Thursday Nov 20, 2008

links for 2008-11-20: Java CAPS, Liferay and Sun, Community One, Adobe unseats Microsoft

Monday Nov 10, 2008

Sun at Gartner MDM Summit

I'm pleased to write that Sun will be a sponsor at Gartner's Master Data Management Summit November 17-19. This will be our first time sponsoring, so we are excited to be there.

Sponsoring for the first time does not mean that we are new to this space. Starting with e\*Index 4.1 in 2000, continuing with eIndex and eView 5.0 and 5.1 in 2003 and 2006, and the release of our new MDM Suite as part of our Java CAPS Release 6 in June of this year, we have had an offering for MDM for quite some time.

If you are attending, stop by and say hi. If you aren't, consider doing so, even though Chicago in November probably isn't at the top of everyone's list.

Friday Aug 22, 2008

Where's the Logic? Save Money on SOA with Sun Part 2

I blogged about our new offer and TCO calculator a couple of days ago and thought I'd share some of the response thus far.

The Register wrote that "Sun has capitalized on Oracle jacking up licensing of the BEA middleware products with an offer for its own open-source suite". And drilling into the "jacking up" link in that story gets to you this where Larry Ellison reportedly "told another customer who'd ripped chips from his server just to pay his Oracle license to basically put up and shut up, because things ain't getting cheaper". There's a company that is interested in customer satisfaction!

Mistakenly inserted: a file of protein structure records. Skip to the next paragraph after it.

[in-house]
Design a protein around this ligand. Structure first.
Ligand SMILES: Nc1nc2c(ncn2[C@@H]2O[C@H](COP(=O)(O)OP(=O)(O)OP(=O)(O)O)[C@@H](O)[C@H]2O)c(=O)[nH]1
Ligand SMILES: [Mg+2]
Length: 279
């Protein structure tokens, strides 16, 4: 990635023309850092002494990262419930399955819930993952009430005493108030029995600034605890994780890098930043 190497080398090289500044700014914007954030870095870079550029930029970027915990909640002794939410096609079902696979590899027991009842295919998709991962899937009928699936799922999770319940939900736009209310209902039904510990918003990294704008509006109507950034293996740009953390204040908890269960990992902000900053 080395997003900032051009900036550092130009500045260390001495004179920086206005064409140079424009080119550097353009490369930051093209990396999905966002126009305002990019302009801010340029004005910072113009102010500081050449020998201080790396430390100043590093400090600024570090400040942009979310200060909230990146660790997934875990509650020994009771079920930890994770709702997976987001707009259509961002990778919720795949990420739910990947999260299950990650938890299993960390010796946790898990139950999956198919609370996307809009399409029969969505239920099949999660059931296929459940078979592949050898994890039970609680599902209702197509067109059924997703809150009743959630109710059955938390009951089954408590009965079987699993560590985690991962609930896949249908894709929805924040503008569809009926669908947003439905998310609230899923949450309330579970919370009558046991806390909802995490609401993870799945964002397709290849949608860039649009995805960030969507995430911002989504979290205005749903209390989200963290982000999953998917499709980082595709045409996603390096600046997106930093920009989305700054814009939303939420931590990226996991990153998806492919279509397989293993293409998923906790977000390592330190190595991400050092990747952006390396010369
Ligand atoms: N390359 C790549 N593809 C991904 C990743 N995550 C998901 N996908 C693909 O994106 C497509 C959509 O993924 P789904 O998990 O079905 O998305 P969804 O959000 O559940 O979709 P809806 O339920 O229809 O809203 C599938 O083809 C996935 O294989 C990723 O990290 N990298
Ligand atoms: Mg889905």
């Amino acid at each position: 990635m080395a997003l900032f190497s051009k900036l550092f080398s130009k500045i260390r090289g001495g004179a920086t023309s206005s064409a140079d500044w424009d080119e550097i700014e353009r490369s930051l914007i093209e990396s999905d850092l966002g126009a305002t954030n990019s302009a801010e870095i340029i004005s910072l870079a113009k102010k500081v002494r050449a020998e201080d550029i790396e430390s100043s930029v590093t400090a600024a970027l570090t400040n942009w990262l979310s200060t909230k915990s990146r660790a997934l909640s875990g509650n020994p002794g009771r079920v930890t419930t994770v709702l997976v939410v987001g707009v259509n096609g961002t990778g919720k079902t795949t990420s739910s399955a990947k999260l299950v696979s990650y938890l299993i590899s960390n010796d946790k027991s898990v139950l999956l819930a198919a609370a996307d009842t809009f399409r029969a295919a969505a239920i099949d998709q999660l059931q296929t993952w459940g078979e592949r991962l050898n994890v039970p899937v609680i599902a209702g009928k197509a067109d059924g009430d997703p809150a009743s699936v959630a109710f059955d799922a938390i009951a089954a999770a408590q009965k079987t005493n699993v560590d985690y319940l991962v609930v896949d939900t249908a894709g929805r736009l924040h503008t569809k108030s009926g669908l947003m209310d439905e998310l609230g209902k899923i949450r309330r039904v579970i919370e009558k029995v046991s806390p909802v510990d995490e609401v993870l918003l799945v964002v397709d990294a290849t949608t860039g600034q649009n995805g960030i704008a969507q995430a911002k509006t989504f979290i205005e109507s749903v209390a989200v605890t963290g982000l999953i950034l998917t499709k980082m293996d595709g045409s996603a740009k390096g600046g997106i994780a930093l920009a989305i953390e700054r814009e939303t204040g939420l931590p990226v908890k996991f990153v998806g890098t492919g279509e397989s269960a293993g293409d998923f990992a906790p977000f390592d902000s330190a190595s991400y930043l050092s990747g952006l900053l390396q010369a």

InfoWorld's article quotes Brad Shimmin from Current Analysis saying "My overall impression is that Sun has seized upon a legitimate market opportunity here, stemming from the usual FUD surrounding the rationalization and integration of two such daunting product portfolios (Oracle and BEA) and more uniquely the purported price increase Oracle announced for WebLogic in July".

The SOA Talk blog also wrote on the subject and included a link to their prior story on the acquisition and skeptical customers saying "BEA users do not want Oracle products".

Interesting stuff. Take a look to learn more.

Wednesday Aug 20, 2008

Where's the Logic? Save Money on SOA with Sun

As you are probably aware, Oracle announced significant price hikes for much of its software including the application server and other integration middleware in the wake of their acquisition of BEA. In light of this, we thought it would be useful to do some comparisons of the pricing for Sun's middleware against the new pricing and found that Sun's offerings provided a significant cost savings over the equivalent Oracle offerings in nearly every situation. Furthermore, our innovative subscription pricing model gives companies an alternative that can save even more money in most cases, reduce the large upfront capital expense traditionally associated with acquiring enterprise software, and eliminate "socket counting" audits that must be done with most perpetual licensing.